Overlooked album: The World/Inferno Friendship Society’s Addicted to Bad Ideas

Watching The Maltese Falcon again a few weeks back reminded me of The World/Inferno Friendship Society’s Addicted to Bad Ideas, a fantastic slice of cabaret-punk that manages to push most of my film- and music-geek buttons. Concept albums in general tend to intrigue me, but a concept album about 1940s and ’50s character Peter Lorre, tracing his ascent in Hollywood and his subsequent morphine addiction? In my ideal world, that’s the very definition of crossover hit.

To start things on the right foot, Bad Ideas opens with a genuine, honest-to-goodness overture, made possible by the up-to-33-piece backing band (which includes members of Dexy’s Midnight Runners, among others). The skill that went into arranging that overture carries on through the rest of the album, albeit without the classical feel — it’s all pretty straightforward, structurally, but the Society’s particular brand of horn-led rock ‘n’ roll has a predilection for big hooks, unpredictable horn flourishes, off-kilter bridges and the occasional 5/4 interlude, just to keep things interesting. Not that the band really has trouble keeping your interest — there’s electricity in every performance, and the lyrics are killer, as in the last half of the rollicking “Ich Erinnere Mich An Die Weimarer Republik”:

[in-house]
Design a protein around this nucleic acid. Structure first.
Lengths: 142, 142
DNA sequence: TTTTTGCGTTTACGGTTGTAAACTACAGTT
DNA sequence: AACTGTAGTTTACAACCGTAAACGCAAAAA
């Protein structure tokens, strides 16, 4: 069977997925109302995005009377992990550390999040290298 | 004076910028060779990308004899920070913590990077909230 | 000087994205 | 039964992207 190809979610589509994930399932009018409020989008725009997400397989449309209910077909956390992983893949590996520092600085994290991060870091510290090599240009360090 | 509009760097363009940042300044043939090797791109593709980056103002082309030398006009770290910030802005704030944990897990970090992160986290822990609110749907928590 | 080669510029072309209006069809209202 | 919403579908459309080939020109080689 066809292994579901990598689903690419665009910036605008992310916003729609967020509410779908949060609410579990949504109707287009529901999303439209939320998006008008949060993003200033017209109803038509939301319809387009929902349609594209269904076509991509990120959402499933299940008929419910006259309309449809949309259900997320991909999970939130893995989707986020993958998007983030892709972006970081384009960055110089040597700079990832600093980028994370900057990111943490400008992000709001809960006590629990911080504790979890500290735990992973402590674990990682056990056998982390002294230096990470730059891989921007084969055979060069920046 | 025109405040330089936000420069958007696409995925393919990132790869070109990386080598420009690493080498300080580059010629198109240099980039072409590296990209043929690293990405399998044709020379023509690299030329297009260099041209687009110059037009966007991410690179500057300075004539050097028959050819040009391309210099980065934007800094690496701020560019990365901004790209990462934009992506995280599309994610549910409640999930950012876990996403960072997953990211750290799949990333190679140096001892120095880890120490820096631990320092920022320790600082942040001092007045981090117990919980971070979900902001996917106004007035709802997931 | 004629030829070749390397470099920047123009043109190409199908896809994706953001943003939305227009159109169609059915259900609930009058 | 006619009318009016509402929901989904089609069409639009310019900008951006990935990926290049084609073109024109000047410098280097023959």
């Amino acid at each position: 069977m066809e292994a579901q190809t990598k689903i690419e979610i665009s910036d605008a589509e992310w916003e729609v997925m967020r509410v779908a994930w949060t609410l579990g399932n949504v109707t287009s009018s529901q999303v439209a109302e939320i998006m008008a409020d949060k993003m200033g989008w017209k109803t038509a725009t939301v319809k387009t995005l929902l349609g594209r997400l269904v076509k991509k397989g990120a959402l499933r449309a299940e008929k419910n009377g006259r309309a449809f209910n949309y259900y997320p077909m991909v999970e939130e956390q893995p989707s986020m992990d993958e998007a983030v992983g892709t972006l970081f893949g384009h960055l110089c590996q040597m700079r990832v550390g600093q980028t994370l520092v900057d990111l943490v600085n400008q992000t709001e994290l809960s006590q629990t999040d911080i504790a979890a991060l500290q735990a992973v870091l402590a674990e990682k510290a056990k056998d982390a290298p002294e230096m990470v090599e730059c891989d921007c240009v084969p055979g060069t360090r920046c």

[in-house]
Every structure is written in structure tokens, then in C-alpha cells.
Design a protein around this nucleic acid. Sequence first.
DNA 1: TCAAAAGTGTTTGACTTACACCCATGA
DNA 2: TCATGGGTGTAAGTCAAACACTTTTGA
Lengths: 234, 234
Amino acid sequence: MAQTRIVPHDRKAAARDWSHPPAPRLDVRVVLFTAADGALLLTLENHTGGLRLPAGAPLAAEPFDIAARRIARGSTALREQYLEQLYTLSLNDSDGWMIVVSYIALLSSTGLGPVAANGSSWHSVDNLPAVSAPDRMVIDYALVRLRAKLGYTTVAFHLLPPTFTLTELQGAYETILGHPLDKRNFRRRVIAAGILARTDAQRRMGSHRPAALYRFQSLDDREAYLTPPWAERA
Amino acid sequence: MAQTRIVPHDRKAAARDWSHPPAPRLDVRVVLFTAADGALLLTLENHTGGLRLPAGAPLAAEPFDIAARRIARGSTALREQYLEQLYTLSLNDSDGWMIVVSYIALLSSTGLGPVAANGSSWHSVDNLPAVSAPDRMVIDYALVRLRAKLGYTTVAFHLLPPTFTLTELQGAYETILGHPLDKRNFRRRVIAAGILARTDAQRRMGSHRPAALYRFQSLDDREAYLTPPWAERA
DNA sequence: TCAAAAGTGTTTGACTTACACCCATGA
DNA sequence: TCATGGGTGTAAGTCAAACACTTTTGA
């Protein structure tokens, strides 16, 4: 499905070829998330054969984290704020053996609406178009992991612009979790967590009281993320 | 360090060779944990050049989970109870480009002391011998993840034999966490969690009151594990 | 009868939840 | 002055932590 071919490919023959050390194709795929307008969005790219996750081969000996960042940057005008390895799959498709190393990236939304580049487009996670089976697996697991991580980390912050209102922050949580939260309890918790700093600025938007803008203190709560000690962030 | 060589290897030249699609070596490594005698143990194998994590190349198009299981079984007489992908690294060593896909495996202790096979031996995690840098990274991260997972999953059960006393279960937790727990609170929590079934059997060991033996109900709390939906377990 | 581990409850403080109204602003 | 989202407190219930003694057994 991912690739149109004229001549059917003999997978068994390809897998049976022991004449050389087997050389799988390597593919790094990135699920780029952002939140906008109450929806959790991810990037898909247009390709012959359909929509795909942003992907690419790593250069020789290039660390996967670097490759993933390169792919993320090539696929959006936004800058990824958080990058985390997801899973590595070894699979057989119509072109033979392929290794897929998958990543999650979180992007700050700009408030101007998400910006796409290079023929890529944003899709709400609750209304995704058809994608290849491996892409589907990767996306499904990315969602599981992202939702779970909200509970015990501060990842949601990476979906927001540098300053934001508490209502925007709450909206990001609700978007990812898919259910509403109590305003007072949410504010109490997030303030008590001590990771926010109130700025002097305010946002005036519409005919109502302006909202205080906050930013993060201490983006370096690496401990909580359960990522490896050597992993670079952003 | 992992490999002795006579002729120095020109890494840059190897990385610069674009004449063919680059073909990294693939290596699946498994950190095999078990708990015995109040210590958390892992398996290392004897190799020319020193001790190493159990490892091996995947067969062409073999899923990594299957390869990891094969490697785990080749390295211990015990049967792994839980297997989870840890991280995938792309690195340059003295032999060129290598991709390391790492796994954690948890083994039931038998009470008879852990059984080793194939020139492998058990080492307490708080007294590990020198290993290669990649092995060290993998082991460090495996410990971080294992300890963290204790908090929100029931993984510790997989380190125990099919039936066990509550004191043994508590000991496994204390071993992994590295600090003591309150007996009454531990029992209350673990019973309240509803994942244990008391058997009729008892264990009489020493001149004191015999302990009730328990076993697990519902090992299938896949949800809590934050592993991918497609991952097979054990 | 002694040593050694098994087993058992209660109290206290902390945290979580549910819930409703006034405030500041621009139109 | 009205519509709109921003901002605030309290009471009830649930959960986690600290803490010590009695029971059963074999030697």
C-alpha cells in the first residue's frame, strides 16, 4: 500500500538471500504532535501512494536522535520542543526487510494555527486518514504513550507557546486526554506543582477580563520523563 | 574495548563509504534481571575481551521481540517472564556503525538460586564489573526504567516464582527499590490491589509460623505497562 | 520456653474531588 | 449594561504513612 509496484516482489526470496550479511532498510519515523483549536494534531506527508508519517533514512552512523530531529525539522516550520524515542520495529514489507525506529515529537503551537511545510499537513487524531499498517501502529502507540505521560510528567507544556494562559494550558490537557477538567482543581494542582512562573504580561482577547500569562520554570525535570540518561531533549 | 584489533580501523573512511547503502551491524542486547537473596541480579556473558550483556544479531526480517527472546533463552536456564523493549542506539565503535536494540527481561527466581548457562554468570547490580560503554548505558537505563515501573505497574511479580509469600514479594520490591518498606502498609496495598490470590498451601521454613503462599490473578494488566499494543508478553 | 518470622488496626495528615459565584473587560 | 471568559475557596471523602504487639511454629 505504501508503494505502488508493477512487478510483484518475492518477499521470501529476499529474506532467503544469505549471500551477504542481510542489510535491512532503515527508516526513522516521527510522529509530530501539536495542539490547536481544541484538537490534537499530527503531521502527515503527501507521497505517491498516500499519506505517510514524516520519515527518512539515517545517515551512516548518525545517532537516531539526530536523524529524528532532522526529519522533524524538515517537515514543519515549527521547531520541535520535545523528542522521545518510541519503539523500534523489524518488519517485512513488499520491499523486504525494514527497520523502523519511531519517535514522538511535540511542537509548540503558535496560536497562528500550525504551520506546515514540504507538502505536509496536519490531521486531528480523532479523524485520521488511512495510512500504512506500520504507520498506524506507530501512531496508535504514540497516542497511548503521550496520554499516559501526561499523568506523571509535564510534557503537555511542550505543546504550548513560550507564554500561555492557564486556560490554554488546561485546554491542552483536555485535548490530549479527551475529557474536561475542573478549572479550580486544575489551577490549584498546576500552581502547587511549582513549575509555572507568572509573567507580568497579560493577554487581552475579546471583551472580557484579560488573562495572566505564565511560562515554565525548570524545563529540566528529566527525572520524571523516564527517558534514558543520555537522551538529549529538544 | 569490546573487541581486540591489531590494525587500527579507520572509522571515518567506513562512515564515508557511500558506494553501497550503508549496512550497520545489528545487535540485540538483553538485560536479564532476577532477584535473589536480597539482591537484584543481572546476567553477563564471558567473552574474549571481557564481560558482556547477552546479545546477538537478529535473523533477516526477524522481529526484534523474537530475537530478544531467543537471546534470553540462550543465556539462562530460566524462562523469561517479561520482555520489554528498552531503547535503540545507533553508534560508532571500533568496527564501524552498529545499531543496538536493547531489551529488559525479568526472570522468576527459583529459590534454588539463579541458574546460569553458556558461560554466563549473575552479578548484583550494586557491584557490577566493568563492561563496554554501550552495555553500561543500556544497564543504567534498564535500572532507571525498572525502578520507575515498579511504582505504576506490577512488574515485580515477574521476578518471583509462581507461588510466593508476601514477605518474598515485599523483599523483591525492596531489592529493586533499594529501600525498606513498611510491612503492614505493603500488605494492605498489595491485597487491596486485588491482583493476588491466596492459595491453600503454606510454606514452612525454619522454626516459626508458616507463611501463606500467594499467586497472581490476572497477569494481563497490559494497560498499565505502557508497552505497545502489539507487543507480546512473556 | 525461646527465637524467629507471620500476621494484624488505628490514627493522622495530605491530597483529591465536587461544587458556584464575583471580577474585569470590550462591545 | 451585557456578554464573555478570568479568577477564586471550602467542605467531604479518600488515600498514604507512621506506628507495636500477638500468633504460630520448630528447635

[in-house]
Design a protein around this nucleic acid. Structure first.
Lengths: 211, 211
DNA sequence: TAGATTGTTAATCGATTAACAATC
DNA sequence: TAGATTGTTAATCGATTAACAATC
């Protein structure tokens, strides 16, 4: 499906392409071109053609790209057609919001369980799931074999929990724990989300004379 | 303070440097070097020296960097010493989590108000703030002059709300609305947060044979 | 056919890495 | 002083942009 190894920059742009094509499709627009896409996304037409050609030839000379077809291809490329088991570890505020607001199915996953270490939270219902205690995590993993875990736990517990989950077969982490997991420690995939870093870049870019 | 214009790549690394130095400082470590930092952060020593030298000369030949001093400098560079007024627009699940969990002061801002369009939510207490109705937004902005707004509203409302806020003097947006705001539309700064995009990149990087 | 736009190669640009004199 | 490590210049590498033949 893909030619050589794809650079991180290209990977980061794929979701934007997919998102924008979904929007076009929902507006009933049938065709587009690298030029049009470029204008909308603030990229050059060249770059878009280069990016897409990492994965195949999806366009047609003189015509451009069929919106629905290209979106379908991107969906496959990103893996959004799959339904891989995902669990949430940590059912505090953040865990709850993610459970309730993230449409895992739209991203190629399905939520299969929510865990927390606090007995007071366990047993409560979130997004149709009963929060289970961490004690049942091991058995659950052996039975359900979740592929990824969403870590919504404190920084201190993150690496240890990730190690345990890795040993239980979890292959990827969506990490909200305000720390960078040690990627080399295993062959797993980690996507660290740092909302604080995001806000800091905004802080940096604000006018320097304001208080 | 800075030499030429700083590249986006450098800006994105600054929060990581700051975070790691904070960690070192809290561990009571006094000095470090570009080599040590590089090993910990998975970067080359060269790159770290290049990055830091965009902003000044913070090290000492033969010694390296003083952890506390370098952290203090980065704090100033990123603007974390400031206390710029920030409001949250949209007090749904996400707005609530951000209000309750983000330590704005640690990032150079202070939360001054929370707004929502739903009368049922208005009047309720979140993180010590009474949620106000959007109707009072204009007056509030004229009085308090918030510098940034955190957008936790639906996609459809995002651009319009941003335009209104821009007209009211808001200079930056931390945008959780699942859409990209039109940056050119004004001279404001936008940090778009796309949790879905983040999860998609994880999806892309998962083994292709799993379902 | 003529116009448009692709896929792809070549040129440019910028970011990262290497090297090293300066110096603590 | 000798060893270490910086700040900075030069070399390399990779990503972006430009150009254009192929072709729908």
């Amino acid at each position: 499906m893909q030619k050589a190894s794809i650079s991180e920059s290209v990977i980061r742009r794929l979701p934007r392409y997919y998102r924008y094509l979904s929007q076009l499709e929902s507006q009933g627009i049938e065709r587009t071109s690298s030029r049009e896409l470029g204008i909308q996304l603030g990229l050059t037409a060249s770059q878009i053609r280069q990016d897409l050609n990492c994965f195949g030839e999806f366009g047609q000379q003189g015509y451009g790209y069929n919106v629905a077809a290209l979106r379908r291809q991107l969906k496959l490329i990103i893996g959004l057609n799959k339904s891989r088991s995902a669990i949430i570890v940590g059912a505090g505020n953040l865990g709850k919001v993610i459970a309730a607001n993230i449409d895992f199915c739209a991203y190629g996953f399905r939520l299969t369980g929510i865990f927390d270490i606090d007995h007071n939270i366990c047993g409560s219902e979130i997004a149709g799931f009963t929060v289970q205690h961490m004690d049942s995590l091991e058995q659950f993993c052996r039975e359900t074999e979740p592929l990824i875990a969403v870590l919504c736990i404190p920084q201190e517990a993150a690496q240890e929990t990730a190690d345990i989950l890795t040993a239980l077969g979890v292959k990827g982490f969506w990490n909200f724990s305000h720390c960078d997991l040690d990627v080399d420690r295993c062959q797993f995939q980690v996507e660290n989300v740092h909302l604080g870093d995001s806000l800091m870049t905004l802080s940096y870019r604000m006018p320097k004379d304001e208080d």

(If a line like “You think your scene’s dead, well mine got killed/ By some dimwit’s Triumph of the Will” doesn’t sell you, I should probably stop trying right here.)

The sound that the Society has concocted is about as theatrical as contemporary rock gets — in a sense, it’s a lot closer to something like Meat Loaf than to anything out of the original punk movement, right down to the love of the occasional sax solo and bouts of overblown emotion. But Meat Loaf never gave shout-outs to the Wiemar Republic, or historical socialist movements, or Casablanca, and singer Jack Terricloth borrows more from classic lounge swagger than Loaf’s pseudo-operatics. I don’t know if that makes The World/Inferno Friendship Society more or less acceptable in music snob circles (for the record, I love them both about equally), but it certainly makes Bad Ideas an interesting oddity.

It may not be the most progressive piece of music, but the well-constructed rock album is something of a dying form, and Addicted to Bad Ideas is a rock-solid example of how to pull it off. All you need is an intriguing concept, varied arrangements and songs that never sacrifice intensity for intelligence (or vice-versa), and you end up with what is definitely one of my favourite straight-up rock albums of the last five years.

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